(Phys.org) -- An ingenious technique, developed by scientists at Pacific Northwest National Laboratory, enables real-time examination of molecular-scale interactions on liquid surfaces. This novel creation combines the manipulation of tiny amounts of fluids, called "microfluidics," and a partially open detection area for imaging the chemical physics of liquid in a vacuum. Their breakthrough portable sample holder enables direct probing of liquids suitable for multi-instrument, vacuum-based imaging using a single sample. The benefits have been demonstrated in high spatial resolution surface microscopy and mass spectrometry instruments.
"We needed to probe a stable liquid surface-a flowing liquid-in various instruments," said PNNL scientist Dr. Xiao-Ying Yu, a physical chemist and lead author on one of three research articles on this technique. "We created one sample holder, a multi-modal technique that offers perspectives of various chemical compositions, spatial resolutions, and morphologies. This provides a molecular makeup on water-based surfaces that has not been done before."
Chemical interactions happen at surfaces. Whether it is interactions in a fuel cell or in droplets that form clouds, materials meet at their surfaces. This means understanding what happens at the moment when water, the most common liquid, meets with other surfaces. This knowledge could change how basic energy research, climate study, and biological investigation are conducted. Their approach allows scientists to move a single prepared sample from one probing instrument to the next and could provide a multifaceted view of interfacial phenomena as well as significantly reduce research time and costs in multiple areas of science.
A multi-disciplinary team of researchers at PNNL set out to improve the analysis tool set for probing liquid surfaces in vacuum. Their research validates current theoretical understanding of aqueous surface interactions at the molecular level.
The team designed an ingenious flow cell that allows liquid surface probing in situ using vacuum-based surface techniques, such as scanning electron microscopy (SEM) and time-of-flight secondary ion mass spectrometry (ToF-SIMS). The researchers created a microfluidic module compatible with vacuum that allows a micrometer-sized diameter aperture into the flow cell. Surface tension holds the liquid within the detection area. They directly exposed the surface to vacuum, which had not been done before in flow cells.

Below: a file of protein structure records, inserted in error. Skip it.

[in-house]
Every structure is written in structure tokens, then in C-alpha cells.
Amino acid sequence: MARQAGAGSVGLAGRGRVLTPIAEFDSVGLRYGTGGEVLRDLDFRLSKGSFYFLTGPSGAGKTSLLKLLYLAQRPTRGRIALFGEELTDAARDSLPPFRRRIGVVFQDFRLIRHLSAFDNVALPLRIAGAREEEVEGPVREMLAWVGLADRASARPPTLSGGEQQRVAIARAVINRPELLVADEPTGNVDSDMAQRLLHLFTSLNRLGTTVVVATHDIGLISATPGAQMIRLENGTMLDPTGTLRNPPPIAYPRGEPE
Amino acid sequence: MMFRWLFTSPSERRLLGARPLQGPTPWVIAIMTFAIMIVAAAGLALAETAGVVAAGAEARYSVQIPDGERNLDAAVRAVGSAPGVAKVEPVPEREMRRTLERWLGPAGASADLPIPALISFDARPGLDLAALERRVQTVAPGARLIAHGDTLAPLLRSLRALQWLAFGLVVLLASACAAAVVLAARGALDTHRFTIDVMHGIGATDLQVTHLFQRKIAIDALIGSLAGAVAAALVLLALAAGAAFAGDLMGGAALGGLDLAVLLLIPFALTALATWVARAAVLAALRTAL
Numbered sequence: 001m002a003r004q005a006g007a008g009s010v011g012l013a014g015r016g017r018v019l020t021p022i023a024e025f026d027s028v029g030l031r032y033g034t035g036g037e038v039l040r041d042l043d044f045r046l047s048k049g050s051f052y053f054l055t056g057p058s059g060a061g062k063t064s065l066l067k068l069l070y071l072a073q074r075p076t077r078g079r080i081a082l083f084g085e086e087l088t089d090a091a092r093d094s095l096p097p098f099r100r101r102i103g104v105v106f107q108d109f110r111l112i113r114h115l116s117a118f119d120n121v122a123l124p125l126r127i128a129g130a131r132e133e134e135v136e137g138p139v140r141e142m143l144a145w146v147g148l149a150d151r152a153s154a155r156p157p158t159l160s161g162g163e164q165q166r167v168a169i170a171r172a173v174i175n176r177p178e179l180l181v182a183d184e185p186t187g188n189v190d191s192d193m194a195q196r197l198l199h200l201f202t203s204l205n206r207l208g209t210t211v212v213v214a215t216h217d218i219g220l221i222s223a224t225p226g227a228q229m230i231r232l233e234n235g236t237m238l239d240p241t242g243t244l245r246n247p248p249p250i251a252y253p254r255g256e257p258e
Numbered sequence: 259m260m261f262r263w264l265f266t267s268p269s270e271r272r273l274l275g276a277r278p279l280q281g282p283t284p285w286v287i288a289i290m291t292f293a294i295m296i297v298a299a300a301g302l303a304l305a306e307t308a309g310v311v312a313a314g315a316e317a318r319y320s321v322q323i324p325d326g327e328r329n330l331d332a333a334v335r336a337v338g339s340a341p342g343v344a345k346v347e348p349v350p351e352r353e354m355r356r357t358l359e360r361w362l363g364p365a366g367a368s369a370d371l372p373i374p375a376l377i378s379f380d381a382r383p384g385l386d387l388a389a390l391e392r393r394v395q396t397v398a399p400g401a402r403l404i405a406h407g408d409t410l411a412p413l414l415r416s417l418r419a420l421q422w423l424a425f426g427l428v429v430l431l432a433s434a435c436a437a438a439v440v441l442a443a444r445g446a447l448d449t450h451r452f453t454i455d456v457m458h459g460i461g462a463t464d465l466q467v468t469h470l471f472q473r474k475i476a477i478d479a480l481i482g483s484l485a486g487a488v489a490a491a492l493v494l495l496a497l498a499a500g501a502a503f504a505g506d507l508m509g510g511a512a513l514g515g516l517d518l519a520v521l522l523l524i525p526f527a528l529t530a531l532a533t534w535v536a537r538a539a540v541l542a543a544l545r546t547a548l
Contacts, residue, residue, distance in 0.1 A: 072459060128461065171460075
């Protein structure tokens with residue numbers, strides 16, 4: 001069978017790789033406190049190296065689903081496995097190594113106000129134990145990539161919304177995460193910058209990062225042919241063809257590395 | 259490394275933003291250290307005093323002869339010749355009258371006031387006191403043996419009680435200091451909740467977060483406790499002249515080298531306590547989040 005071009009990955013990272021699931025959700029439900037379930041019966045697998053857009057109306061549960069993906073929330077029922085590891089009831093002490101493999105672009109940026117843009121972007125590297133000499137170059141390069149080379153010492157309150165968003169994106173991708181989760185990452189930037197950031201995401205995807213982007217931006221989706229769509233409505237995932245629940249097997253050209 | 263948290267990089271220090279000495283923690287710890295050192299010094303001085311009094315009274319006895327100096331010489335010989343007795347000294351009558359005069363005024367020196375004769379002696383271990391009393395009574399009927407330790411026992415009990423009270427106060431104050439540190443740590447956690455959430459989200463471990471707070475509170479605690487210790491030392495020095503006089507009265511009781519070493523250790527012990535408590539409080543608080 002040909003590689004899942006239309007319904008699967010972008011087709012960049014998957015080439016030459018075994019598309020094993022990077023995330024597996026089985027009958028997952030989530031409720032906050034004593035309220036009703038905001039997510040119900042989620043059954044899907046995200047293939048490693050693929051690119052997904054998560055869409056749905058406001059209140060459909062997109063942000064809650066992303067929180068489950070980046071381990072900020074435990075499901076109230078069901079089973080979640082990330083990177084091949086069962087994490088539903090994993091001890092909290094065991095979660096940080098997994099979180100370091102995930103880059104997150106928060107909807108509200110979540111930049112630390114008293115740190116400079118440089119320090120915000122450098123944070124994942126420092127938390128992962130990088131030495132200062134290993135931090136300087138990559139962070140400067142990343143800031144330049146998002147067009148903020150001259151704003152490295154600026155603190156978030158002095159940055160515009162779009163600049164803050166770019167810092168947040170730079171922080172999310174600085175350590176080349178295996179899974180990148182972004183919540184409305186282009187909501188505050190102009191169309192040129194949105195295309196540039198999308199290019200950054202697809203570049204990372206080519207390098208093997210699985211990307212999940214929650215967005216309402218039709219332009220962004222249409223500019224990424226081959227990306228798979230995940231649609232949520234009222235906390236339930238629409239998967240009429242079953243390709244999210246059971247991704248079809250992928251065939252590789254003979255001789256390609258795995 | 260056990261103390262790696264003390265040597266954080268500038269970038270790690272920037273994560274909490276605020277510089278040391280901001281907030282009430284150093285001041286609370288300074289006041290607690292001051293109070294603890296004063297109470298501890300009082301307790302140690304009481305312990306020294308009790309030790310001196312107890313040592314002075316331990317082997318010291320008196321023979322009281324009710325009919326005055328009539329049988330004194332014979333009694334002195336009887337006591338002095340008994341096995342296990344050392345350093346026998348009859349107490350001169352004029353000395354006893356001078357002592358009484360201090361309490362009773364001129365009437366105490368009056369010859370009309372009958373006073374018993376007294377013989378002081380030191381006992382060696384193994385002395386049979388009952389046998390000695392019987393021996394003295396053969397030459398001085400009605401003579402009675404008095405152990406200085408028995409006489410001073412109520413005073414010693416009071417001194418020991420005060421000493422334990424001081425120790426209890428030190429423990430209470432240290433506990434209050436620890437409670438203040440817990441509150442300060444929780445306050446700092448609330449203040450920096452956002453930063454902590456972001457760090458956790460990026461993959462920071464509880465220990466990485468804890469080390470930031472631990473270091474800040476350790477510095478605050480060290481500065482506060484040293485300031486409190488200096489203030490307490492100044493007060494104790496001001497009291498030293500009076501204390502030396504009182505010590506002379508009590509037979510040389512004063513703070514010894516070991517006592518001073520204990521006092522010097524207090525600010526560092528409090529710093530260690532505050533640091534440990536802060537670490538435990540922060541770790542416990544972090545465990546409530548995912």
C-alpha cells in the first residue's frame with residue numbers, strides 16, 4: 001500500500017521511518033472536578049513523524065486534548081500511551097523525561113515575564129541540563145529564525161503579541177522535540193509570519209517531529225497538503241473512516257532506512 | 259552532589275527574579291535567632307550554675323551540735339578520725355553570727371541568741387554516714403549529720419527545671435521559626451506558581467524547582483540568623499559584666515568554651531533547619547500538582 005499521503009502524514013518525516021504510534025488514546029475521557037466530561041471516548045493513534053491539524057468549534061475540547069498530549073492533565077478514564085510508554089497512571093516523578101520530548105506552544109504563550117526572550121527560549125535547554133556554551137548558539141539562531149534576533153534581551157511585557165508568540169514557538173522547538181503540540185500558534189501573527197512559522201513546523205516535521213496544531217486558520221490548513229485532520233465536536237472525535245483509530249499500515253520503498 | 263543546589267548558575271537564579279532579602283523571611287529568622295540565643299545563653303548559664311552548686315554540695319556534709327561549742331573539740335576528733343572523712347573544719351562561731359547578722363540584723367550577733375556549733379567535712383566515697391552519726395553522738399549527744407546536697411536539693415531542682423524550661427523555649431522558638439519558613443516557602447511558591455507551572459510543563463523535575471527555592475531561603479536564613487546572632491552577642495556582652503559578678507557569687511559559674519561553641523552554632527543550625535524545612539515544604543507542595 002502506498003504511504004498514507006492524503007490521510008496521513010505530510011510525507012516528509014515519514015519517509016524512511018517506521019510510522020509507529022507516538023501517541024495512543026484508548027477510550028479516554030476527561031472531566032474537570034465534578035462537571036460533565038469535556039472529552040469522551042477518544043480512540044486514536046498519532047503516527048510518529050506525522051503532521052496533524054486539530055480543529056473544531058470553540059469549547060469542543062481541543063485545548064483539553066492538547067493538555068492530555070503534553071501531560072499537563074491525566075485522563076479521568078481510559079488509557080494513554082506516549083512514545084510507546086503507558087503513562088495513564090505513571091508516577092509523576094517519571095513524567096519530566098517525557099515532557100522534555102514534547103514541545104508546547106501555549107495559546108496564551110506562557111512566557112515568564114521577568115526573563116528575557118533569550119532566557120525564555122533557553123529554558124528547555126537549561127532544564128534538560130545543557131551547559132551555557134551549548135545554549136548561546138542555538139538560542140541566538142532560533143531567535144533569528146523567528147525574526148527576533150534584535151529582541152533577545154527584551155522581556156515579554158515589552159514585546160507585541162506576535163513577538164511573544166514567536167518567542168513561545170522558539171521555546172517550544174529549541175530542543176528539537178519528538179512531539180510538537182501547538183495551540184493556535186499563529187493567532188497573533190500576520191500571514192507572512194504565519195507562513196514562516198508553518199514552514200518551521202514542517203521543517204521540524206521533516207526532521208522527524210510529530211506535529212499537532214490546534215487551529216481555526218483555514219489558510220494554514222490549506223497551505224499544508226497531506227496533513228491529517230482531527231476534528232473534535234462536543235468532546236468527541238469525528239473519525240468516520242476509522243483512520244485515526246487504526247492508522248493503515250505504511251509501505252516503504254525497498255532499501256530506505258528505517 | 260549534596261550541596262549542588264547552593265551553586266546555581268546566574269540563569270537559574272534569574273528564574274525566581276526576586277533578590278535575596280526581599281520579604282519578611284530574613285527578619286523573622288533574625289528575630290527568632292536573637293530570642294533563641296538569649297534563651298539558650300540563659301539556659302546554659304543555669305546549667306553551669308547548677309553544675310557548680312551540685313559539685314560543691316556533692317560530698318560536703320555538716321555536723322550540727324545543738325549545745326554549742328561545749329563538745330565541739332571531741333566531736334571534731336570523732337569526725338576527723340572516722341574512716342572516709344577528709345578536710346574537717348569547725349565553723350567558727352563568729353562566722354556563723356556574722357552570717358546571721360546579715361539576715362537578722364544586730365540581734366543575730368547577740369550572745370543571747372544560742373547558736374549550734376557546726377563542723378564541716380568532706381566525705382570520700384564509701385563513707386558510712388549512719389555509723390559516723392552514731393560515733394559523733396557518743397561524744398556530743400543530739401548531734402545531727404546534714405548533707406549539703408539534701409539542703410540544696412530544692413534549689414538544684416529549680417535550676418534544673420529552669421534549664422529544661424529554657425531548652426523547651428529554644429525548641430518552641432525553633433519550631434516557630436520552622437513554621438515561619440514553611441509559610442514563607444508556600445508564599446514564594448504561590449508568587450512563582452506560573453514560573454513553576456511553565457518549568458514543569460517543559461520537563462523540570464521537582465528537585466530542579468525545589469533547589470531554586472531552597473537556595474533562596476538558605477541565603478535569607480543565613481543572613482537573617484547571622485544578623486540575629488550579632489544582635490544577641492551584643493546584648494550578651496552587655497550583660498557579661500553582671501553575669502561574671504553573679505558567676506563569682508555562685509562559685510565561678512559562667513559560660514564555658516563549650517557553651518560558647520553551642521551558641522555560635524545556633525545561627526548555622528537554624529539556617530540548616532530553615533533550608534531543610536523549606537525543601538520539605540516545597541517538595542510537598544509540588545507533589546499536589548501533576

The technique is a counterpart to an established liquid microjet method. However, the new system has the added benefit of direct measurement on the liquid surface. This technique also tackles a common concern in vacuum: how to prevent liquid cooling. The researchers determined that controlling the aperture size of the "window" within vacuum would regulate the cooling and assure that the surface remained liquid. In additional studies, they used SEM to analyze the flow cell sample which offered an examination of the elemental composition. ToF-SIMS provided a high-resolution look at the smaller, molecular-level composition.
Access to the EMSL user facility was instrumental in the microfluidic flow cell's fabrication, which was done in EMSL's microfabrication capability, and for readily using both the ToF-SIMS and SEM instruments in analyses.
"We are providing a more complete picture," Yu said. "This technique is a technical breakthrough in showing what is happening at interfaces. The power of this fundamental research is that with some adaptations, it can apply to many different interfaces in multiple instruments."
Expanding the possibilities for fundamental research liquid interfaces, this imaging technique has the potential for far-reaching impact in multiple scientific disciplines, including interfaces in atmospheric sciences, catalysis, and energy storage materials.
The design and technique for the portable flow cell already has been submitted for a patent, and PNNL scientists are continuing to explore potential industry technology transfer and licensing applications.
Explore further: A 'movie' of ultrafast rotating molecules at a hundred billion per second
More information: Yu X-Y, et al. 2011. "Probing aqueous surfaces by TOF-SIMS." Spectroscopy, Special Issue: Current Trends in Mass Spectrometry 25(10):34-38.
Yang L, et al. 2011. "Making a hybrid microfluidic platform compatible for in situ imaging by vacuum-based techniques." Journal of Vacuum Science & Technology A 29(6):061101. DOI: 10.1116/1.3654147
Yang L, et al. 2011. "Probing liquid surfaces under vacuum using SEM and ToF-SIMS." Lab on a Chip 11(15):2481-2484. DOI: 10.1039/C0LC00676A